First in a 3-part Series
The promise was clear; 3 days, 3 African countries, 92km. The website went on to say, “From the ancient Mapungubwe citadel in South Africa, to the rolling savannah of Botswana’s Tuli block; this trail running journey of discovery would take a small group of runners across the mighty Limpopo River to the banks of the gigantic Shashe River, through the rural villages of Maramani, past huge Baobabs and along ancient elephant trails etched into stone in Zimbabwe.”
Referred to as “The ultimate safari-on-the-run.”
It was all that, and so very much more.
The journey from Cape Town involved a flight to Johannesburg, an overnight with family, and a very early Uber ride with official event photographer, Mark Sampson, to the bus depo at the airport. Here we met our fellow participants, filled our new water bottles, received our snack packs and embarked on a 6 hour luxury bus drive in the direction of the Limpopo Province, to the gates of the Mapungubwe National Park. Another hour of game driving through the National Park, and we were dropped a short walk from the Limpopo river bank, where a boat took us in groups of 8 over to our first ‘informal’ border crossing. We had entered Zimbabwe. Home for the next 4 nights would be in the Maramani Community Camp. The Maramani community area is situated at the confluence of the Limpopo and Tuli River, and the union of three countries.
I stood and looked out at the surrounding African bushveld and felt my mind begin to quieten. A hippo wallowed in the cool dark water, about 100m away, flicking something from his ear and watching us curiously as we carried our bags over to the tents. Wildrunner directors, Owen and Tamaryn Middleton passed us glasses of ice cold Steenberg bubbly on arrival. It went down like a homesick mole.
The tent itself was a lovely surprise. A stretcher, mattress and small pillow in each, along with a custom embroidered towel and laundry bag awaited each runner. Our honeymoon couple, Joe and Caroline, were set up in a separate 6-man tent; the honeymoon suite; a thoughtful touch by the organisers. With the river on one side, and the rest of the camp set up on the other, our tented camp boasted unbeatable views. Cows wandered down to the river to drink, keeping a watchful eye out for crocs. There was little left to do but explore, and then prepare for dinner. At 5pm, the crew set up a craft gin bar at the top of a small koppie where a breathtaking sunset view swept the last of our big city worries away. No cell reception, no chance of a quick inbox check. No To Do list consolidating.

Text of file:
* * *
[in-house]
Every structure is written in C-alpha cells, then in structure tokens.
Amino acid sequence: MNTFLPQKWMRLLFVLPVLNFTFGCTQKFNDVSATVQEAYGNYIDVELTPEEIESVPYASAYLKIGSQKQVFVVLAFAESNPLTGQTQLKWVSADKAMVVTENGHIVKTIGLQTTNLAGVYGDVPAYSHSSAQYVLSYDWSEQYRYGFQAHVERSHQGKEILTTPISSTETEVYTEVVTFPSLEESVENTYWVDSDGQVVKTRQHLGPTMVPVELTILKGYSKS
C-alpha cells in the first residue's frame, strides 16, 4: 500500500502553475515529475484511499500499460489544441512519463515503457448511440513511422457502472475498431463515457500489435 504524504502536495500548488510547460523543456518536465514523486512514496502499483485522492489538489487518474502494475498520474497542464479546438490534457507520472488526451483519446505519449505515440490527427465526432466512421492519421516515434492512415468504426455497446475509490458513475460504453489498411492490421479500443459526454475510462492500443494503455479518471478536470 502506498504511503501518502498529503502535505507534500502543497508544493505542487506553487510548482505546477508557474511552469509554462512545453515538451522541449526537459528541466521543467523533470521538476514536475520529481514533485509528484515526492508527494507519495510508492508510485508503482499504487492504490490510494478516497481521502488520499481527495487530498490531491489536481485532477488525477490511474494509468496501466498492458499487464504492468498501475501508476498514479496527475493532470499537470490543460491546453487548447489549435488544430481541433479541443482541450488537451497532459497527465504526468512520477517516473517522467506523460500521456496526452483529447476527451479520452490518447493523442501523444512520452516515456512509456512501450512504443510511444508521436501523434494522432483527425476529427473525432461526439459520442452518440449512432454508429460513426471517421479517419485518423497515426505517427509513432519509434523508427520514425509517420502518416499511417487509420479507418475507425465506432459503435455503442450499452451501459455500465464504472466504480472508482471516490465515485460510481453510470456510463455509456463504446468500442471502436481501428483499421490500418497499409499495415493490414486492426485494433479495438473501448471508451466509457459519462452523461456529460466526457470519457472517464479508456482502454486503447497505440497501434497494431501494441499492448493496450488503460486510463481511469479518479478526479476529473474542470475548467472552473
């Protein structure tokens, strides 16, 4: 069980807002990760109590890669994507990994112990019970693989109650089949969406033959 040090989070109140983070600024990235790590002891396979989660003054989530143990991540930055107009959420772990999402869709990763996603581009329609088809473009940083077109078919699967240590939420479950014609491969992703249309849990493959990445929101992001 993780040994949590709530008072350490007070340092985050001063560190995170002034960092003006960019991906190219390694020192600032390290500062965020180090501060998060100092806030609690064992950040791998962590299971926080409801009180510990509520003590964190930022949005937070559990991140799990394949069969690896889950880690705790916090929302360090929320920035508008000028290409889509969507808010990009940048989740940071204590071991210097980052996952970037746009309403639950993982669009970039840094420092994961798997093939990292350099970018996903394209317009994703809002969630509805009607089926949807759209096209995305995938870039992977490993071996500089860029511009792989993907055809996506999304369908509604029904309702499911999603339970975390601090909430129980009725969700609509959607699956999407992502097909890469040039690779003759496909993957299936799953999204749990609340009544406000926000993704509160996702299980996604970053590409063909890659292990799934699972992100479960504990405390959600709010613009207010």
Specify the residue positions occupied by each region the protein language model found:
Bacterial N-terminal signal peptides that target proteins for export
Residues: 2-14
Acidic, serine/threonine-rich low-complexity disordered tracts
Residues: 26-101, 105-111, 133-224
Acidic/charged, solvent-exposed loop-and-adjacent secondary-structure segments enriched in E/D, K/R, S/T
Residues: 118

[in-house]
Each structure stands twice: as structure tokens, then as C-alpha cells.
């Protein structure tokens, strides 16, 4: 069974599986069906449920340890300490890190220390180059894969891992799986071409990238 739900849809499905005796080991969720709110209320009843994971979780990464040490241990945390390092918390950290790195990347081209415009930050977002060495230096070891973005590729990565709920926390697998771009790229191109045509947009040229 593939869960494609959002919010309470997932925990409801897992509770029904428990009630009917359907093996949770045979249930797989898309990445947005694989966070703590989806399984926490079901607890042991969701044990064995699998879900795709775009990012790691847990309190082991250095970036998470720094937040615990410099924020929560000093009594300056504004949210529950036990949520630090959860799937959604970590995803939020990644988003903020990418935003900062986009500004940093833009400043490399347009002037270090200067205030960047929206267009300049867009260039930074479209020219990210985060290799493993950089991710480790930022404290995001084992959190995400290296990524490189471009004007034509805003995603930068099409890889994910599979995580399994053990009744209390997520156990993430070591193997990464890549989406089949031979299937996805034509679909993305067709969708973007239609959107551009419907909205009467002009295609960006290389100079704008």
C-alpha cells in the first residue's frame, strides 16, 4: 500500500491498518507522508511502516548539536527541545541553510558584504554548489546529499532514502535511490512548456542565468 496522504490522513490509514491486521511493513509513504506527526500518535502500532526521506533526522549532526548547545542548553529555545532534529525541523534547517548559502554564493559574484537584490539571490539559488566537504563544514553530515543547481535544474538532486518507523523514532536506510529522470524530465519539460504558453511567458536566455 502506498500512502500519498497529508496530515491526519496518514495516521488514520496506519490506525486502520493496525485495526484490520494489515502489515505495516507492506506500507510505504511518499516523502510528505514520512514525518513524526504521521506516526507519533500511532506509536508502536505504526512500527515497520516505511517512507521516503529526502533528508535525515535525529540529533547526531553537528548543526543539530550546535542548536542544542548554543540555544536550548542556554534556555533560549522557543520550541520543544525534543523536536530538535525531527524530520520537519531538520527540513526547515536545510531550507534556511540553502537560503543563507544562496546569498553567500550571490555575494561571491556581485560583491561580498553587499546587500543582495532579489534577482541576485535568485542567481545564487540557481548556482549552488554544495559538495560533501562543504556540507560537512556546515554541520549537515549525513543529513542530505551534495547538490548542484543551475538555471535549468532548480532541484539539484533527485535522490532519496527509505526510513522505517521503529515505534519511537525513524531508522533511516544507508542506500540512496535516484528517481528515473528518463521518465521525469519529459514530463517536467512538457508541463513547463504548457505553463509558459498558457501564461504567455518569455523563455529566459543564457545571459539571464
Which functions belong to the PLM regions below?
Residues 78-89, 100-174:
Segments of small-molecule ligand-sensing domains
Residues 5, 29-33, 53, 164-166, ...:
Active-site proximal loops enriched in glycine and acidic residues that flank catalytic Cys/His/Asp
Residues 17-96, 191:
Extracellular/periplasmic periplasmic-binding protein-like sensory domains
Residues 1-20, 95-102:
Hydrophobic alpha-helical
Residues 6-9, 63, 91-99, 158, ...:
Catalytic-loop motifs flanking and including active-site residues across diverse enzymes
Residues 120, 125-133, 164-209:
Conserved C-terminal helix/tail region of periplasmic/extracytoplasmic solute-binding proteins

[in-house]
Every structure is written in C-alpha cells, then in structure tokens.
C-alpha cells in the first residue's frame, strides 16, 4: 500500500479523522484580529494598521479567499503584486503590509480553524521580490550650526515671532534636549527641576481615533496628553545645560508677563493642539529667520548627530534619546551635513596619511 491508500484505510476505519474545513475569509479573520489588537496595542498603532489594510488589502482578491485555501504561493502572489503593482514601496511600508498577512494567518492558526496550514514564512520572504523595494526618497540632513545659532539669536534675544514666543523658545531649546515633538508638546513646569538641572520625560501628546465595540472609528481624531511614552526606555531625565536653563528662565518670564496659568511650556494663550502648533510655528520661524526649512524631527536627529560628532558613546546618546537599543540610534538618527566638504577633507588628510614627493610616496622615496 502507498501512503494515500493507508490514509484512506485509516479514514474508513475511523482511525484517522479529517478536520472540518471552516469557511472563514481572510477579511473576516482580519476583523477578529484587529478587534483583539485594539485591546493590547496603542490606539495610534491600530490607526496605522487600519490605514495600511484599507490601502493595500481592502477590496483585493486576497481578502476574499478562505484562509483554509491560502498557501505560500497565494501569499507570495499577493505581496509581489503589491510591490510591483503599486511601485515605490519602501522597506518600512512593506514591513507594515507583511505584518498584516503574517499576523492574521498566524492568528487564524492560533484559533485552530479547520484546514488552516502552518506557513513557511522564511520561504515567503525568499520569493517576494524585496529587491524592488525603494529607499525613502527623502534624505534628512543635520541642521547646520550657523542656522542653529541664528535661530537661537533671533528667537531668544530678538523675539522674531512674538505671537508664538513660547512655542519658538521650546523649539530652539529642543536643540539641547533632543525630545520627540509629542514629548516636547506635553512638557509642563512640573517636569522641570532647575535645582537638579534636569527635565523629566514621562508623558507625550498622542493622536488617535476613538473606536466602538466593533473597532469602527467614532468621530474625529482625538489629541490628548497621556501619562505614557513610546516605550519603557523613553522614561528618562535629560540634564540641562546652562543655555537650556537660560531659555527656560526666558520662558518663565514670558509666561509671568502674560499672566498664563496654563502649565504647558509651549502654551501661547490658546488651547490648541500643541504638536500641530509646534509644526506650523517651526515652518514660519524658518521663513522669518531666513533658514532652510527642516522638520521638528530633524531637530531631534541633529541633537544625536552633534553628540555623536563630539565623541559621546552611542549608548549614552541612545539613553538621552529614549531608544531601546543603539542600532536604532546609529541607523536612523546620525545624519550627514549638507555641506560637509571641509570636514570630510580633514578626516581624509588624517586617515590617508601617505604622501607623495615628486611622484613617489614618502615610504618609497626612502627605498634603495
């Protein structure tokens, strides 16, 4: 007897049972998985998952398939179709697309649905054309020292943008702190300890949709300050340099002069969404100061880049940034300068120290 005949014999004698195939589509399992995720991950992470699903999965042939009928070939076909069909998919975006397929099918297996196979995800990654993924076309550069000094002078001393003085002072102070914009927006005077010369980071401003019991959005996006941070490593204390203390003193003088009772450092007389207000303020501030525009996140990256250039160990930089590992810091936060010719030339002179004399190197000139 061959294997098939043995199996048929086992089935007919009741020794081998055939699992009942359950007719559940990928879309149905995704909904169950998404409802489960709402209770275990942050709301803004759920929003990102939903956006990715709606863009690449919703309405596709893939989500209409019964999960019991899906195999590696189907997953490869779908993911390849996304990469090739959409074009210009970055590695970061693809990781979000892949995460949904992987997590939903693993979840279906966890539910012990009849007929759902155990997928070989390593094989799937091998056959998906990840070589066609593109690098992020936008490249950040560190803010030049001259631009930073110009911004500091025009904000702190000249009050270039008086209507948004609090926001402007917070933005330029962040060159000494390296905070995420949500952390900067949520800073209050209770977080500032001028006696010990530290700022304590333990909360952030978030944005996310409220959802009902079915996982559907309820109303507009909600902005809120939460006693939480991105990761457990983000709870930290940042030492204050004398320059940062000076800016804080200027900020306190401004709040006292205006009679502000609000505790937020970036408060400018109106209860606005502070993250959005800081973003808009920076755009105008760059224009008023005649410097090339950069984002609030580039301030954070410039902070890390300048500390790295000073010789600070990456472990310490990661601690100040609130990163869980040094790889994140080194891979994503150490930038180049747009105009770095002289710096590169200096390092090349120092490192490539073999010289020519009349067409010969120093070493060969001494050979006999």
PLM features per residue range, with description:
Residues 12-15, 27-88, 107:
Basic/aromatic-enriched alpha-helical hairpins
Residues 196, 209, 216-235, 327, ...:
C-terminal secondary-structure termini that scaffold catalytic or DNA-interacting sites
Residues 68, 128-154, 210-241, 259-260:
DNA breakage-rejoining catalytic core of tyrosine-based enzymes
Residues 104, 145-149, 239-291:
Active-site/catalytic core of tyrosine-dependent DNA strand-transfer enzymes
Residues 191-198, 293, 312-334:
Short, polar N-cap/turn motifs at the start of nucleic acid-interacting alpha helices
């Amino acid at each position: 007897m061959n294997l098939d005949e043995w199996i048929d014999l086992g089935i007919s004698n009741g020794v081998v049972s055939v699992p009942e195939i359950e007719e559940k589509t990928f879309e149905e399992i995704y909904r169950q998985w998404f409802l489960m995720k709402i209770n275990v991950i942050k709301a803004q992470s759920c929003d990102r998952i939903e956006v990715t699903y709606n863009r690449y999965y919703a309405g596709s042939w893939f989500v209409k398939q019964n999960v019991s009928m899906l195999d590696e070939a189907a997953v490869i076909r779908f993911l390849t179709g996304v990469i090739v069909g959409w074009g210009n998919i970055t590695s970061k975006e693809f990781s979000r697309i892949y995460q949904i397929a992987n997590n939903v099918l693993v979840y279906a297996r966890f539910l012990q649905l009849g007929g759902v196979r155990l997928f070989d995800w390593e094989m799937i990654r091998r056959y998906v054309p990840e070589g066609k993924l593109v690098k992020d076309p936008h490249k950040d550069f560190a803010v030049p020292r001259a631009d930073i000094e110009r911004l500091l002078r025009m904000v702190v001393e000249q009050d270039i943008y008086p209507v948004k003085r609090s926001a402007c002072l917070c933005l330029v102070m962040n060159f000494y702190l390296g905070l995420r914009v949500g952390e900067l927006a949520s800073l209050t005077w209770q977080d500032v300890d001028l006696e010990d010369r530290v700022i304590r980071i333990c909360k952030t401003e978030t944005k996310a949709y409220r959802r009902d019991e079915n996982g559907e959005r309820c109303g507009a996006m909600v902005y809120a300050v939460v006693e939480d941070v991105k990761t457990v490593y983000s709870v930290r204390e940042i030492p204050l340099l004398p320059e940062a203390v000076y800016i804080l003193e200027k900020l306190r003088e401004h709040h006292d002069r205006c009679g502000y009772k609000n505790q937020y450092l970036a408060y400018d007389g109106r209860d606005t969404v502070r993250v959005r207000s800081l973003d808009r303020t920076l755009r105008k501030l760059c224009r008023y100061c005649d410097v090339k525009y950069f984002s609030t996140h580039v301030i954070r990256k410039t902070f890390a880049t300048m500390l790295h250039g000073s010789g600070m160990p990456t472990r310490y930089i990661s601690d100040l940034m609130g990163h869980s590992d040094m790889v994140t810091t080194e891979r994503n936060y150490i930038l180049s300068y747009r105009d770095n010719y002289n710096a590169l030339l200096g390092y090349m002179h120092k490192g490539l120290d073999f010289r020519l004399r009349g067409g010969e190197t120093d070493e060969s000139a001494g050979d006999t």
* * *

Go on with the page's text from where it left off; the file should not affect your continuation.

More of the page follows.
Dinner was the first of many delightful meals. Catering to 150 people (runners and crew) in this wilderness area is successfully achieved by a combination of local Maramani camp and kitchen crew, and mother and daughter catering duo, Marion and Fran Siebrits. This exceptional team combines locally purchased ingredients with those grown in the area; a food security initiative that is part of the event’s community investment. Bright, tasty greens and other vegetables are in no short supply, and the team achieved a sumptuous spread at every meal. Huge potjie pots of lentil and bean stew, meat stews, braaied meats, chickpea curry, “pap”, rice, roosterbrood, pot breads, salads, homemade dressings, jams and mustards. Meals were enjoyed on tables beneath the trees, with the occasional curious monkey looking down on our tin plates.
Travelling to one of these events without a group of friends or significant other is potentially one of the most indulgent things I’ve ever done. No one to check on, or keep up with. My world shrunk to the very simply tasks of eat, sleep, run, shower, repeat.
Day 1 – 30km
My phone alarm woke me from a restless sleep at 5:30am. I switched on my headlamp and wriggled quickly in to my running kit, adding plenty of chafe cream and sunscreen, before heading to the toilets and then to breakfast. A hot porridge such that I’d never tasted before was dished in to my bowl from its pot on the fire. I filled a cup with coffee and watched the sun rise over the river. Deep oranges, red and pink hues heralded a picture perfect day. Birds heralded the break of day. Surreal, stunning.